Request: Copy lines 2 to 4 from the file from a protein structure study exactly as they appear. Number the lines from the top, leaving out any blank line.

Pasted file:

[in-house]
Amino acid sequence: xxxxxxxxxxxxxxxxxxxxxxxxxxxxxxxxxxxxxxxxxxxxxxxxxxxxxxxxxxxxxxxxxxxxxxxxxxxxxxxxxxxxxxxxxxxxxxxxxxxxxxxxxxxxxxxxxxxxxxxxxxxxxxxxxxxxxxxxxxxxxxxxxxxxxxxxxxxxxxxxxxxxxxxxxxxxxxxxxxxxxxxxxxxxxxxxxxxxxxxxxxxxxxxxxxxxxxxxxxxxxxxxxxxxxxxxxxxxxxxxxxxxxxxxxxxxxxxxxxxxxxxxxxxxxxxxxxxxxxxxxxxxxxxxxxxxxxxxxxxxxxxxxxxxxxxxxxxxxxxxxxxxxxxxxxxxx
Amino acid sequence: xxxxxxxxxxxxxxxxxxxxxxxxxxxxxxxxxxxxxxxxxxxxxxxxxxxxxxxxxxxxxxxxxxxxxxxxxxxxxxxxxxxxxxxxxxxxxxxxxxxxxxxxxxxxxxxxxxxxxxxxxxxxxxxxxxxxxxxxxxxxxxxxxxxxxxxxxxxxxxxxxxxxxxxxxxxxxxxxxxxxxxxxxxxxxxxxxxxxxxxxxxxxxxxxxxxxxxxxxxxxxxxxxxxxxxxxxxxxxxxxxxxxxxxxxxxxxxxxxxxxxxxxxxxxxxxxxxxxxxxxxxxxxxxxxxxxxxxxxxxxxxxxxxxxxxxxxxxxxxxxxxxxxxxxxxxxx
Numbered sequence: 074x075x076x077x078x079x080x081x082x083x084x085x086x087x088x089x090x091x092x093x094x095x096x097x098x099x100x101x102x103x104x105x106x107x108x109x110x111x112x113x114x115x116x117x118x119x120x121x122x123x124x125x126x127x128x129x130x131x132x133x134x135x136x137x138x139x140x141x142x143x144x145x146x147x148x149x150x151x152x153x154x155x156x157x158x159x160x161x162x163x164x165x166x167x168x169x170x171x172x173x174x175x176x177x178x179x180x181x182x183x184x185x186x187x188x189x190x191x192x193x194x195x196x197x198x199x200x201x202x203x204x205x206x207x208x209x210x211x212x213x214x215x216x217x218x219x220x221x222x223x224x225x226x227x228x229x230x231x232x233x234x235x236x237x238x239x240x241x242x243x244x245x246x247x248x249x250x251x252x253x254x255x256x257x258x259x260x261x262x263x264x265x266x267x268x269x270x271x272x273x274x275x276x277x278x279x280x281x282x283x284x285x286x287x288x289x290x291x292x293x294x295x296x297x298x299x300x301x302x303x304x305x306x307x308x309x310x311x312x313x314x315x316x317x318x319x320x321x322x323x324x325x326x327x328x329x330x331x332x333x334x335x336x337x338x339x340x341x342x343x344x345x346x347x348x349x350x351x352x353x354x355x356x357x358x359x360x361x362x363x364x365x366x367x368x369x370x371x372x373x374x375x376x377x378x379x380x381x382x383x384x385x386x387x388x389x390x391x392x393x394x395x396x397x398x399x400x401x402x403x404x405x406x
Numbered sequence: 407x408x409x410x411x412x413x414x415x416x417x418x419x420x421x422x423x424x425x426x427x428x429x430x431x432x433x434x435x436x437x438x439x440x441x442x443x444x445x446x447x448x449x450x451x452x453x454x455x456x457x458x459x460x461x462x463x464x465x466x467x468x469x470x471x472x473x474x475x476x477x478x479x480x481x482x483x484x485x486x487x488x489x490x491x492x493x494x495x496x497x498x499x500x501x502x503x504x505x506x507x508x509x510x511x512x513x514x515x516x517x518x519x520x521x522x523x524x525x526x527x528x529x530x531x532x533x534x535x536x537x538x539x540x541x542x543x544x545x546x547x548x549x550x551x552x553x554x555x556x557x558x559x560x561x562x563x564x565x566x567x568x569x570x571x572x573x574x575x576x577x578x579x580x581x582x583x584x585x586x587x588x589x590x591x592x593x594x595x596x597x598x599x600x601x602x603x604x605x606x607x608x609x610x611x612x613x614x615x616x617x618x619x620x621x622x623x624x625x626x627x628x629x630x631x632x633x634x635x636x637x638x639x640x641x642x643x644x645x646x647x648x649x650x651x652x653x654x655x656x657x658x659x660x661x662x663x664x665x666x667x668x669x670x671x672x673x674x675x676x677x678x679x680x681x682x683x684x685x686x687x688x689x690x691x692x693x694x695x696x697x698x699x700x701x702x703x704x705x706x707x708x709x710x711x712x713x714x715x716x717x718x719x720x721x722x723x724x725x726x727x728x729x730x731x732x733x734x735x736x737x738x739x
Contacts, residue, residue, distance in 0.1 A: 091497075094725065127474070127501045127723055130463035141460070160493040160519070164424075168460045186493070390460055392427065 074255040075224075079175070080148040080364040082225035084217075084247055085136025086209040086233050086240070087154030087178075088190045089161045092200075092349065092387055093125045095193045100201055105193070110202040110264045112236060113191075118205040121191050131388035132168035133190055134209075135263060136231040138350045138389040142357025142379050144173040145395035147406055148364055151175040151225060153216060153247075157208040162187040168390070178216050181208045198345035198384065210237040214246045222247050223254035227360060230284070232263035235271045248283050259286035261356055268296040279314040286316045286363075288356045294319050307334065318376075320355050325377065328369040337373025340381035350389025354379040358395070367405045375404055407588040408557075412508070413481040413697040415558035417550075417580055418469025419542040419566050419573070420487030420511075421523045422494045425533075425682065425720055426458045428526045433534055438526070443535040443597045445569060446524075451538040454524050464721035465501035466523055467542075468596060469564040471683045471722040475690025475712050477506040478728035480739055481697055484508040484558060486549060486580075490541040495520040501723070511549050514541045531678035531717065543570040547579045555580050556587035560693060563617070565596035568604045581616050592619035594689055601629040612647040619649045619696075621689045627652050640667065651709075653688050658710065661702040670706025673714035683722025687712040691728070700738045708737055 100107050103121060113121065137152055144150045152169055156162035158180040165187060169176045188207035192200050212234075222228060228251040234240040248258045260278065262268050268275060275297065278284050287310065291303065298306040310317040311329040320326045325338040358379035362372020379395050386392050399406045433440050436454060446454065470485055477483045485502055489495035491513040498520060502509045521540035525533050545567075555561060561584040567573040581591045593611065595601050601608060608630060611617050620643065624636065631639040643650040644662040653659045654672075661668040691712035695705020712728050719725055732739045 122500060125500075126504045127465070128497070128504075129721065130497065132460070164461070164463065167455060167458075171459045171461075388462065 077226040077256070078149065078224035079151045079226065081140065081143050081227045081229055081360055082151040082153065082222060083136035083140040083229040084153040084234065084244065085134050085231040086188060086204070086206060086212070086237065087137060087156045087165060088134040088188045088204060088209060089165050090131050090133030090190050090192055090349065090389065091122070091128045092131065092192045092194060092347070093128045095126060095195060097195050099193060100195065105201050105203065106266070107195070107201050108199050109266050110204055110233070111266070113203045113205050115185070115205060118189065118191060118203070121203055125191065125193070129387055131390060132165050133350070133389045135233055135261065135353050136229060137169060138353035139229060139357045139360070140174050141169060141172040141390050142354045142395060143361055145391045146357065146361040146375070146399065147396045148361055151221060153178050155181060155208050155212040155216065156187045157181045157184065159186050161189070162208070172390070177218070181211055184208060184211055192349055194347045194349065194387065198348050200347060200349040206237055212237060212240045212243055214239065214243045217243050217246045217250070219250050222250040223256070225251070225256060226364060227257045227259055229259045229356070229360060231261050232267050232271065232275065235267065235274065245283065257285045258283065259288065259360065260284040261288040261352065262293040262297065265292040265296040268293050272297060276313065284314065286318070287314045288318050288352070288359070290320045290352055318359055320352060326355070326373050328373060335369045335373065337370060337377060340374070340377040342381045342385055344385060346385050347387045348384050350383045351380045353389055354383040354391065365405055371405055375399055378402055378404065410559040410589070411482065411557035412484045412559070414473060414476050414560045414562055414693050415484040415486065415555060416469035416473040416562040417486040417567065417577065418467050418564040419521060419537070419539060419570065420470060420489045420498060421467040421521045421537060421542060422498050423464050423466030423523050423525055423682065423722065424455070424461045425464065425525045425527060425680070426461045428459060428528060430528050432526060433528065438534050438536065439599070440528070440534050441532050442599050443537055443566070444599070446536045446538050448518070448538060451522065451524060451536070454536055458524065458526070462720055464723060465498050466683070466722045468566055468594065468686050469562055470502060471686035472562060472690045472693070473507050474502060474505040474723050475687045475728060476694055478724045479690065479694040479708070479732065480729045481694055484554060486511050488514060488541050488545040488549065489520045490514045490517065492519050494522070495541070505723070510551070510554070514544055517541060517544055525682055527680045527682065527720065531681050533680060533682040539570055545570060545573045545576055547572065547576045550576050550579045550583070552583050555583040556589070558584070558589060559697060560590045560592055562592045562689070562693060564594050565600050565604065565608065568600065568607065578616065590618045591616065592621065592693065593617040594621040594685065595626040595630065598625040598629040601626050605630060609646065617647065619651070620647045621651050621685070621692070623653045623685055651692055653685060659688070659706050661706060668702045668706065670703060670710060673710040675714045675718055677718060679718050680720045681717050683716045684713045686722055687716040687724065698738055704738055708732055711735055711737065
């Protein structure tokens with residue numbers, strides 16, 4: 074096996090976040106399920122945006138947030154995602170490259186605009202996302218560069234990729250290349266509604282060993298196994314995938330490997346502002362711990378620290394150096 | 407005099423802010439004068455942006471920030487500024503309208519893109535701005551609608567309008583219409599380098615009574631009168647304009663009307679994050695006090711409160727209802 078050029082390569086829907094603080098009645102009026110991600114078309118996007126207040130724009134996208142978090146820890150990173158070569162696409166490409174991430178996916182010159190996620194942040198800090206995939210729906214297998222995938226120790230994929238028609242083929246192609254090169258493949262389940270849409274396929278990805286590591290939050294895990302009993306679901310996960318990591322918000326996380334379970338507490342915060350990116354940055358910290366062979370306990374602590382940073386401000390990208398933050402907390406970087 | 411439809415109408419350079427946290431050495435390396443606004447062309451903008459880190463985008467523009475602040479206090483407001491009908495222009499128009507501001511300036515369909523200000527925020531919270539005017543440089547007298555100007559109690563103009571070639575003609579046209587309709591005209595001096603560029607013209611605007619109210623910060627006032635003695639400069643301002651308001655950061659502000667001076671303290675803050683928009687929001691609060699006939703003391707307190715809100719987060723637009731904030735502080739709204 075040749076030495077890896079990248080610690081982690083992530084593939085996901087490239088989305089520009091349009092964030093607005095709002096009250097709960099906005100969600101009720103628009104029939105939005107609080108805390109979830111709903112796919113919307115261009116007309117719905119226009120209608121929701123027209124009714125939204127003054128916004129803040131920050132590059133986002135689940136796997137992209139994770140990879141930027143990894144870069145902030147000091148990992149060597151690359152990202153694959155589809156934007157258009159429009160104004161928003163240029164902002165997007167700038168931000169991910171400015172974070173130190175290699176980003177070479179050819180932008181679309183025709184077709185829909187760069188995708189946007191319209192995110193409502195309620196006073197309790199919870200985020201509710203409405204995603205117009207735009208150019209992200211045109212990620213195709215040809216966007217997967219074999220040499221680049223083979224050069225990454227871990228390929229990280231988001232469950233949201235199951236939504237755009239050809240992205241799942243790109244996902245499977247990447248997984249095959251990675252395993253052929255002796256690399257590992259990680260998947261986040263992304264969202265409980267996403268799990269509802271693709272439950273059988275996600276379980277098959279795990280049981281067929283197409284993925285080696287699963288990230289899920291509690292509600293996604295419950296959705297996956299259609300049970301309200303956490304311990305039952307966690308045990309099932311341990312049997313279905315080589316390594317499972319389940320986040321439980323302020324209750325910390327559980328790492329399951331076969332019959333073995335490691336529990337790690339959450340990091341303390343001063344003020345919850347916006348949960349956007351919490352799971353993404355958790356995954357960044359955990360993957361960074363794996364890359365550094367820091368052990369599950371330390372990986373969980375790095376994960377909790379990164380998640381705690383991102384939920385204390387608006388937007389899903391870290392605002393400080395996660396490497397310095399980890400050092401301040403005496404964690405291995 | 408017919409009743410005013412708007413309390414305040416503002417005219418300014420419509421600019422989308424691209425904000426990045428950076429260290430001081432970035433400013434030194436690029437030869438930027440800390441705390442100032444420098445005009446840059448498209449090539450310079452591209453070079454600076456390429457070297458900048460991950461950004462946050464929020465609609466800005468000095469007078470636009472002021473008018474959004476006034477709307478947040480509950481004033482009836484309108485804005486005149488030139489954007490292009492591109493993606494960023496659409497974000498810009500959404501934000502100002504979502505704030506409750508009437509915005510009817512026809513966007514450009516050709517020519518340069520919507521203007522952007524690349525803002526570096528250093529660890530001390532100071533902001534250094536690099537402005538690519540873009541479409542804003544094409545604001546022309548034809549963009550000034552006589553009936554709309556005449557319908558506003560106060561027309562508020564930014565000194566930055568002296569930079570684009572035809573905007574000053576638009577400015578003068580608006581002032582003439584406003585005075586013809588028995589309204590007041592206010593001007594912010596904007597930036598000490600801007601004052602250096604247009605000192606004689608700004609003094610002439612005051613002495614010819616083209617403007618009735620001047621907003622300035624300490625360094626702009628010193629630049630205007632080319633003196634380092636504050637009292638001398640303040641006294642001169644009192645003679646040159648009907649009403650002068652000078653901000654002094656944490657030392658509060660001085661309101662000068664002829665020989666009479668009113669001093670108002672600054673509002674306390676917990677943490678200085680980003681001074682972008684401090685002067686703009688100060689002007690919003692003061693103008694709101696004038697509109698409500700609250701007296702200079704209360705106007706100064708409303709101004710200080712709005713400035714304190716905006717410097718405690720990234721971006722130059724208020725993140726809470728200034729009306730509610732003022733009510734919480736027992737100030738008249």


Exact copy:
Amino acid sequence: xxxxxxxxxxxxxxxxxxxxxxxxxxxxxxxxxxxxxxxxxxxxxxxxxxxxxxxxxxxxxxxxxxxxxxxxxxxxxxxxxxxxxxxxxxxxxxxxxxxxxxxxxxxxxxxxxxxxxxxxxxxxxxxxxxxxxxxxxxxxxxxxxxxxxxxxxxxxxxxxxxxxxxxxxxxxxxxxxxxxxxxxxxxxxxxxxxxxxxxxxxxxxxxxxxxxxxxxxxxxxxxxxxxxxxxxxxxxxxxxxxxxxxxxxxxxxxxxxxxxxxxxxxxxxxxxxxxxxxxxxxxxxxxxxxxxxxxxxxxxxxxxxxxxxxxxxxxxxxxxxxxxxxxxxxxxx
Amino acid sequence: xxxxxxxxxxxxxxxxxxxxxxxxxxxxxxxxxxxxxxxxxxxxxxxxxxxxxxxxxxxxxxxxxxxxxxxxxxxxxxxxxxxxxxxxxxxxxxxxxxxxxxxxxxxxxxxxxxxxxxxxxxxxxxxxxxxxxxxxxxxxxxxxxxxxxxxxxxxxxxxxxxxxxxxxxxxxxxxxxxxxxxxxxxxxxxxxxxxxxxxxxxxxxxxxxxxxxxxxxxxxxxxxxxxxxxxxxxxxxxxxxxxxxxxxxxxxxxxxxxxxxxxxxxxxxxxxxxxxxxxxxxxxxxxxxxxxxxxxxxxxxxxxxxxxxxxxxxxxxxxxxxxxxxxxxxxxx
Numbered sequence: 074x075x076x077x078x079x080x081x082x083x084x085x086x087x088x089x090x091x092x093x094x095x096x097x098x099x100x101x102x103x104x105x106x107x108x109x110x111x112x113x114x115x116x117x118x119x120x121x122x123x124x125x126x127x128x129x130x131x132x133x134x135x136x137x138x139x140x141x142x143x144x145x146x147x148x149x150x151x152x153x154x155x156x157x158x159x160x161x162x163x164x165x166x167x168x169x170x171x172x173x174x175x176x177x178x179x180x181x182x183x184x185x186x187x188x189x190x191x192x193x194x195x196x197x198x199x200x201x202x203x204x205x206x207x208x209x210x211x212x213x214x215x216x217x218x219x220x221x222x223x224x225x226x227x228x229x230x231x232x233x234x235x236x237x238x239x240x241x242x243x244x245x246x247x248x249x250x251x252x253x254x255x256x257x258x259x260x261x262x263x264x265x266x267x268x269x270x271x272x273x274x275x276x277x278x279x280x281x282x283x284x285x286x287x288x289x290x291x292x293x294x295x296x297x298x299x300x301x302x303x304x305x306x307x308x309x310x311x312x313x314x315x316x317x318x319x320x321x322x323x324x325x326x327x328x329x330x331x332x333x334x335x336x337x338x339x340x341x342x343x344x345x346x347x348x349x350x351x352x353x354x355x356x357x358x359x360x361x362x363x364x365x366x367x368x369x370x371x372x373x374x375x376x377x378x379x380x381x382x383x384x385x386x387x388x389x390x391x392x393x394x395x396x397x398x399x400x401x402x403x404x405x406x